My heart leapt with joy as I ran up the steps into church yesterday. The school children were singing one of my favorite hymns – the Catholic Litany of the Saints. When we sat, I settled quietly into a back pew, where I took this photo. There were six adorable third graders dressed as saints standing on the altar, and approximately 250 kids up front, with my Kindergartener somewhere in the midst of them. They are all so little – they are invisible behind adult heads.
As often as I can, I try to attend the kids’ prayer services, and because we celebrated All Saints Day on November 1, the topic of this one was the lives of the saints. Our deacon lead us in a simple prayer.
Thank you for this beautiful day.
Thank you for all the blessings in our lives.
Thank you for all the saints in heaven.
Thank you for the example of their lives.
May we all try to be a saint.
Growing up in Protestant churches, I didn’t give much thought to the notion of saints. They seemed a foreign concept, distant from Jesus, God the Father, and the Holy Spirit. But all of that changed during my junior year of college when I went to France. And perhaps not for the reasons you might think.
Yes – I was a French major and studying a tremendous amount of art history, so I was surrounded by illustrations of the saints every day – in museums, in town squares, in building facades. But to truly appreciate the art of Europe, you must visit its cathedrals, where sculptures and paintings of saints are in every direction you turn. Yet this is not what led me to consider saints in a different light. The story has a subtle beginning, years earlier.
As I mentioned in my last post, I am blessed with one living grandma. But I also have a grandma in heaven.
After suffering a stroke and then being in a coma for 11 days, my Grandma Elaine (Grandma ‘Chris,’ as we called her) passed exactly 30 years ago on All Saints Day, November 1, 1985. My mother was in such grief that she didn’t even make the connection to this Holy Day until the priest mentioned it in his funeral homily. At 12, I didn’t know what the day meant – what was special about it. But I do remember walking out of the service, into the Florida sunshine, and feeling that somehow, Grandma was ok.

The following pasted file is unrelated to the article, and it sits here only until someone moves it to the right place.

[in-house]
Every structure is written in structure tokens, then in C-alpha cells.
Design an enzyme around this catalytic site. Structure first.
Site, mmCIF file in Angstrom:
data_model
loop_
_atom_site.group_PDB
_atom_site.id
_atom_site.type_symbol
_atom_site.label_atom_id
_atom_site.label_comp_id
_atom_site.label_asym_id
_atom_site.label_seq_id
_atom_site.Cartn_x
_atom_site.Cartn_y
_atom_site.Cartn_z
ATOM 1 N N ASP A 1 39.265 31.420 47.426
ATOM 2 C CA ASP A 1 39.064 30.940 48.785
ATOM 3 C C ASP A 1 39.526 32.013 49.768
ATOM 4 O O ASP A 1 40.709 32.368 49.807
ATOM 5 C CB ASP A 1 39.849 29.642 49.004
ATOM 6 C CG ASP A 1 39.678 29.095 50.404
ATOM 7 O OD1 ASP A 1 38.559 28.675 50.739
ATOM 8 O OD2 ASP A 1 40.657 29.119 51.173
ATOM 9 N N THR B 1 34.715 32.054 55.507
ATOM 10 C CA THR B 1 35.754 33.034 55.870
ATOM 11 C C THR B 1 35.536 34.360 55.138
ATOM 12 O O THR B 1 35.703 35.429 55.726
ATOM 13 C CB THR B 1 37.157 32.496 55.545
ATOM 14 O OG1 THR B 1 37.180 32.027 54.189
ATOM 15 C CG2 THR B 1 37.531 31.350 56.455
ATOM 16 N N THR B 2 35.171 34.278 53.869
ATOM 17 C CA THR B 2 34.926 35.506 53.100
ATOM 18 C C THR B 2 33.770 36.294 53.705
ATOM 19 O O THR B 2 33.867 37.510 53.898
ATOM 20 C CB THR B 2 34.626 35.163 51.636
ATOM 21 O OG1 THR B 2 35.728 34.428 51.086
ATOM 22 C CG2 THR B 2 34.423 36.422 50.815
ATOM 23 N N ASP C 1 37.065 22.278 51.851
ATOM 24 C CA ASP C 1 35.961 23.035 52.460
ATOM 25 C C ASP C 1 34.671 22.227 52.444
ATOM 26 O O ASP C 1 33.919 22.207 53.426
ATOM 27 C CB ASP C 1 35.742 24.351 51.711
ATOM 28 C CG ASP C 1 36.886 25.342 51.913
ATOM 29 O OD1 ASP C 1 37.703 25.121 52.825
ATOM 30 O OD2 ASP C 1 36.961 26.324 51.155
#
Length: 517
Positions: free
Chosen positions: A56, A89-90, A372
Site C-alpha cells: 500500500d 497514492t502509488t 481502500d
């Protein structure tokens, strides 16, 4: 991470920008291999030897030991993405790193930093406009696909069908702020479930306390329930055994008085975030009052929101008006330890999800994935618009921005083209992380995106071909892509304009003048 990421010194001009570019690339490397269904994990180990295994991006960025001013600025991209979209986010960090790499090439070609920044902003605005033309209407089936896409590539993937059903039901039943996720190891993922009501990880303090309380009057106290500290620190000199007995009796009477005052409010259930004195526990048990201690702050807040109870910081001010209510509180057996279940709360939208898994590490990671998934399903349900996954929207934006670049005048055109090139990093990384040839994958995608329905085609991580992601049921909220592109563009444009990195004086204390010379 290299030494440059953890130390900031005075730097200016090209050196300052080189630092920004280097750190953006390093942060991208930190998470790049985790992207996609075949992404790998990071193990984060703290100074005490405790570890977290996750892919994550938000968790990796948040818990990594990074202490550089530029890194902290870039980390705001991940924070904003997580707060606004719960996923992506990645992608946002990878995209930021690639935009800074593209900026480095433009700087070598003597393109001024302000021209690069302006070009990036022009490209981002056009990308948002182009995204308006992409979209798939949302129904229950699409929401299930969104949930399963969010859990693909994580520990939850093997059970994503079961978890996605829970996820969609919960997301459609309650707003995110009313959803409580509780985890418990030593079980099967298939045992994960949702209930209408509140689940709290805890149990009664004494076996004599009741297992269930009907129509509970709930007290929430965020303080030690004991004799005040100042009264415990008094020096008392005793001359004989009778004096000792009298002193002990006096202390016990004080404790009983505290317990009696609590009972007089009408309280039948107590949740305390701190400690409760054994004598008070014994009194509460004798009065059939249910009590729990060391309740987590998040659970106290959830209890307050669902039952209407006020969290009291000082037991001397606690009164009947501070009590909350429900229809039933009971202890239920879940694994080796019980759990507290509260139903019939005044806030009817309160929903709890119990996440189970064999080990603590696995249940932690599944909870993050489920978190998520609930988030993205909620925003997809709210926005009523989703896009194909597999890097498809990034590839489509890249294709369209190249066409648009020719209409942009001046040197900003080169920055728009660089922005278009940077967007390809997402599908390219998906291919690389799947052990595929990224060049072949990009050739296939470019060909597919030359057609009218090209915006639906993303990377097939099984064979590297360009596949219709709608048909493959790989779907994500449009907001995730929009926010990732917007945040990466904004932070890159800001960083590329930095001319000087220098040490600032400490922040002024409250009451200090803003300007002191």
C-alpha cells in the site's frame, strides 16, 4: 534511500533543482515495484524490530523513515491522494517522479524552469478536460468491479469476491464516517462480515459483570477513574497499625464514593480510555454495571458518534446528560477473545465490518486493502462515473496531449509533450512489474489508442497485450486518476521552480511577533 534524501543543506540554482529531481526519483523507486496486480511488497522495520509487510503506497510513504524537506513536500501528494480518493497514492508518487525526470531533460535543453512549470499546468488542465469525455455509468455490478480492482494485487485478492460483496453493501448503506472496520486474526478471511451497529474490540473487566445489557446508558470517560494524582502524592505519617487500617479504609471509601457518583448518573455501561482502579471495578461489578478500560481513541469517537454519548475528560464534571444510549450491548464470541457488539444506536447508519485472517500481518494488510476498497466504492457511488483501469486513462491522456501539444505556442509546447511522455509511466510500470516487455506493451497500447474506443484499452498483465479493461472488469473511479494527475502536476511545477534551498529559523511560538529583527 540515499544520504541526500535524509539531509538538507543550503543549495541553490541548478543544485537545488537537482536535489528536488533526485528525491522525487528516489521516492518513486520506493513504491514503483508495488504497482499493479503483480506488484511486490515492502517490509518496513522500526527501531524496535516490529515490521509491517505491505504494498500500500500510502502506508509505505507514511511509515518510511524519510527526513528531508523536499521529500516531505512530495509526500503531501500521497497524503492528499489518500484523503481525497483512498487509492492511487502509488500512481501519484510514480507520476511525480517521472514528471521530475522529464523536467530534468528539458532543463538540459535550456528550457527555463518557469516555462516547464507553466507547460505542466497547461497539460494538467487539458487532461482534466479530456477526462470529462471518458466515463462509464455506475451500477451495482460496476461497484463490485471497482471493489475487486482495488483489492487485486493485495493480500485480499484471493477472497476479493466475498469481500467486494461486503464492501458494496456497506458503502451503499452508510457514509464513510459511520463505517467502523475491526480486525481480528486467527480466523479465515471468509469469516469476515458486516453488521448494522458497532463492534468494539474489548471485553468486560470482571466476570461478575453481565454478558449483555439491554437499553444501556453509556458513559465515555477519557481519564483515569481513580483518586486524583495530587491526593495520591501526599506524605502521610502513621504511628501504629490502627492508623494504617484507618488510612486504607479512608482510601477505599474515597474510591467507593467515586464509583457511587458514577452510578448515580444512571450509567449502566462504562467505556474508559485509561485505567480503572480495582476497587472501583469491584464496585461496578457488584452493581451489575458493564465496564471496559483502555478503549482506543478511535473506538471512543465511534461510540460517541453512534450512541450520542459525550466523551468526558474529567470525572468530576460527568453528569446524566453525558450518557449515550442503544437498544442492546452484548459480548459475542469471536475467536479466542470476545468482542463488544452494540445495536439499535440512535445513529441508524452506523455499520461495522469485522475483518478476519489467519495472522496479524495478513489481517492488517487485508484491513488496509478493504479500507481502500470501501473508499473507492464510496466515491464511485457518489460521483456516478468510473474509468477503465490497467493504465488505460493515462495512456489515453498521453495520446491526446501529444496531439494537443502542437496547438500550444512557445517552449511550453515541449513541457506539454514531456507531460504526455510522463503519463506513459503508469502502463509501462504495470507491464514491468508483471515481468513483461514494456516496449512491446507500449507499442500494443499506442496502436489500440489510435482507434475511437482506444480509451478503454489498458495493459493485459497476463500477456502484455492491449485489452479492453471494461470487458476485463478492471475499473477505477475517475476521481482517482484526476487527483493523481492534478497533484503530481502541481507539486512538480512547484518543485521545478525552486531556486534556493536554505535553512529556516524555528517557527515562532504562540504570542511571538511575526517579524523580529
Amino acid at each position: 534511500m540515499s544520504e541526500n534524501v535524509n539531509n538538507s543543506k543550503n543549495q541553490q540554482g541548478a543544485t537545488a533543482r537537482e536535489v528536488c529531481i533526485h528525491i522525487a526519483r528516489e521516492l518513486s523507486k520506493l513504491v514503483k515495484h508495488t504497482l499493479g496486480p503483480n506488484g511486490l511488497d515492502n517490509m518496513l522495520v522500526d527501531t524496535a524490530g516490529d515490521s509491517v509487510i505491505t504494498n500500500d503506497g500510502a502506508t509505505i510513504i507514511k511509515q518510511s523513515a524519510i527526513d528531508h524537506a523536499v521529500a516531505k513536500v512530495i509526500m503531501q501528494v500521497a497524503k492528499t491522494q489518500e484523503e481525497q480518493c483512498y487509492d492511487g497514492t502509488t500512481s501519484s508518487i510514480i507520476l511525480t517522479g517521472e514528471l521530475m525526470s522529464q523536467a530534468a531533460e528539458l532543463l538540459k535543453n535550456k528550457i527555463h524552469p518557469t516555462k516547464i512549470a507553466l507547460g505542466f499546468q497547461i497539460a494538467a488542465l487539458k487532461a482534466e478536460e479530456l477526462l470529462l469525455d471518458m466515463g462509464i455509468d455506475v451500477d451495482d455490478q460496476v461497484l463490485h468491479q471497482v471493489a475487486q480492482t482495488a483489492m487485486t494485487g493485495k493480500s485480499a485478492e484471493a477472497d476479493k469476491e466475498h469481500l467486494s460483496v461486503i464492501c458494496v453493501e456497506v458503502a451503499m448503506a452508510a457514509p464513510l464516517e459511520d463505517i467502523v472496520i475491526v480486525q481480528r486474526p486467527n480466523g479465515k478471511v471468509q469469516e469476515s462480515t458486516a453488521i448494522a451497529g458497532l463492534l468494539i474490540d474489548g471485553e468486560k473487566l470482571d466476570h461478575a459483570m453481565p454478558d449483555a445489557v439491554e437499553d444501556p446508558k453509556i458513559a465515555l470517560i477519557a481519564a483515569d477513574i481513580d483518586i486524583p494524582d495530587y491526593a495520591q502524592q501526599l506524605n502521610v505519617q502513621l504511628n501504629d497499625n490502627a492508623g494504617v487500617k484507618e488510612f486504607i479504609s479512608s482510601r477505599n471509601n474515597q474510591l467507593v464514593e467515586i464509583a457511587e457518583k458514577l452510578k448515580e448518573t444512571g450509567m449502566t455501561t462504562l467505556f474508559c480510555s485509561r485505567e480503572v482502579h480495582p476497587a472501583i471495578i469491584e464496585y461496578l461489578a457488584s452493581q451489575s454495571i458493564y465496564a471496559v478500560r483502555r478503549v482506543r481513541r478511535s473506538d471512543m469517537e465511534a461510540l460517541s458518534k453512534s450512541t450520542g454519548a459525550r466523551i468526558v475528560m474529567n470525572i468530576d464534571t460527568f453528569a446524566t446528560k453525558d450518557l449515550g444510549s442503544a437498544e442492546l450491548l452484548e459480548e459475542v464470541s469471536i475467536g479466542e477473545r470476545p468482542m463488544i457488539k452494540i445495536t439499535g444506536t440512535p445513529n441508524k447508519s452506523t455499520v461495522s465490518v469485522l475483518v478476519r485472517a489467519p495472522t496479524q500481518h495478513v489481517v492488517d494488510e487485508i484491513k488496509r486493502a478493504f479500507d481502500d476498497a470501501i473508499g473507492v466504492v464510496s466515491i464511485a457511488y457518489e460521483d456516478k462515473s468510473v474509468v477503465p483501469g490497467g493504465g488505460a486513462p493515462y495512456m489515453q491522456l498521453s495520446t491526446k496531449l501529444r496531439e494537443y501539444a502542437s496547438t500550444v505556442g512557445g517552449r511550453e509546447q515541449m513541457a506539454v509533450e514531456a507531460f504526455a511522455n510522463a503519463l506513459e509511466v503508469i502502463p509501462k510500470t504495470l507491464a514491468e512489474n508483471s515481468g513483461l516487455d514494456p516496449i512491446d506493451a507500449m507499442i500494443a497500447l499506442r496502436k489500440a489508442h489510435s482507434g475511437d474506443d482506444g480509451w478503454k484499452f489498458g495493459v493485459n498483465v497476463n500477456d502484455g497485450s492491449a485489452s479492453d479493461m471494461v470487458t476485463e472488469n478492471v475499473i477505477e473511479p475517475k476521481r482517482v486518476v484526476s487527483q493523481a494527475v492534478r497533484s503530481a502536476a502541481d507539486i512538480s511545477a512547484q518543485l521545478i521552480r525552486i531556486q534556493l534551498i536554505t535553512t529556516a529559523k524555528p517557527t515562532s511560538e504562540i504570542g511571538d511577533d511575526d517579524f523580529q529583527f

Two weeks later, I woke up one morning and went directly into the kitchen to tell my mom I’d had a dream.
“Grandma was sitting at a square table,” I said, “playing cards with three other ladies. She had on a black dress with small red flowers on it. She looked so happy. Her dark hair was up, and I was walking around the table looking at her. She looked up, right at me, and smiled at me.”
Then I said, “Mom. Did Grandma ever play cards?”
My mom stood there frozen.
“She hadn’t played in years.”
To my knowledge, no one else in our immediate family had a vivid ‘Grandma dream’ like mine following her death. And the details of it have never scared me or left me.
In the time I’d known her, my grandma had also not attended church. But she was a Catholic. In fact, she converted to Catholicism sometime before marrying my grandfather.
So, when I called my mom from France and told her that I felt that Grandma was with me every time I visited a cathedral, she said, “That’s weird. She really wasn’t into church.”
All of this brings me back to the saints. What do we believe about them? We believe they are our Loved Ones, our Family of Faith. This is why we have sculptures and paintings of them in our churches, so that we will remember them, just as we have photos of our relatives and friends in our homes. And just as we ask our family and friends here to pray for us, we can ask the saints to pray for us as well. The saints are clear examples of people who truly lived Jesus’s commandment to “love the Lord your God with all your heart, and with all your soul, and with all your strength, and with all your mind; and your neighbor as yourself.” (Luke 10:27) And since “the effective prayer of a righteous man can accomplish much,” (James 5:16), it is fitting to ask the saints to appeal to the Lord on our behalf.
While there are thousands of saints officially recognized by the Catholic church, it is accepted that the names of millions if not billions more are known only to God, just like only God knows the hearts of men. “God sees not as man sees, for man looks at the outward appearance, but the Lord looks on the heart.” (1 Samuel 16:7)
For my Confirmation on April 7, 2007, I was invited to take the name of a saint, as many Catholics do for this sacrament, though it is not required. I hemmed and hawed over this decision for weeks, but finally decided that my own name “Gretchen Elaine” was sufficient. Only later did I realize – when I was confirmed ‘Gretchen Elaine,’ that perhaps I had taken a saint’s name anyway.
Click Catholic Litany of the Saints to hear the song and see some beautiful artwork. This song was played at the Easter Vigil when I was confirmed.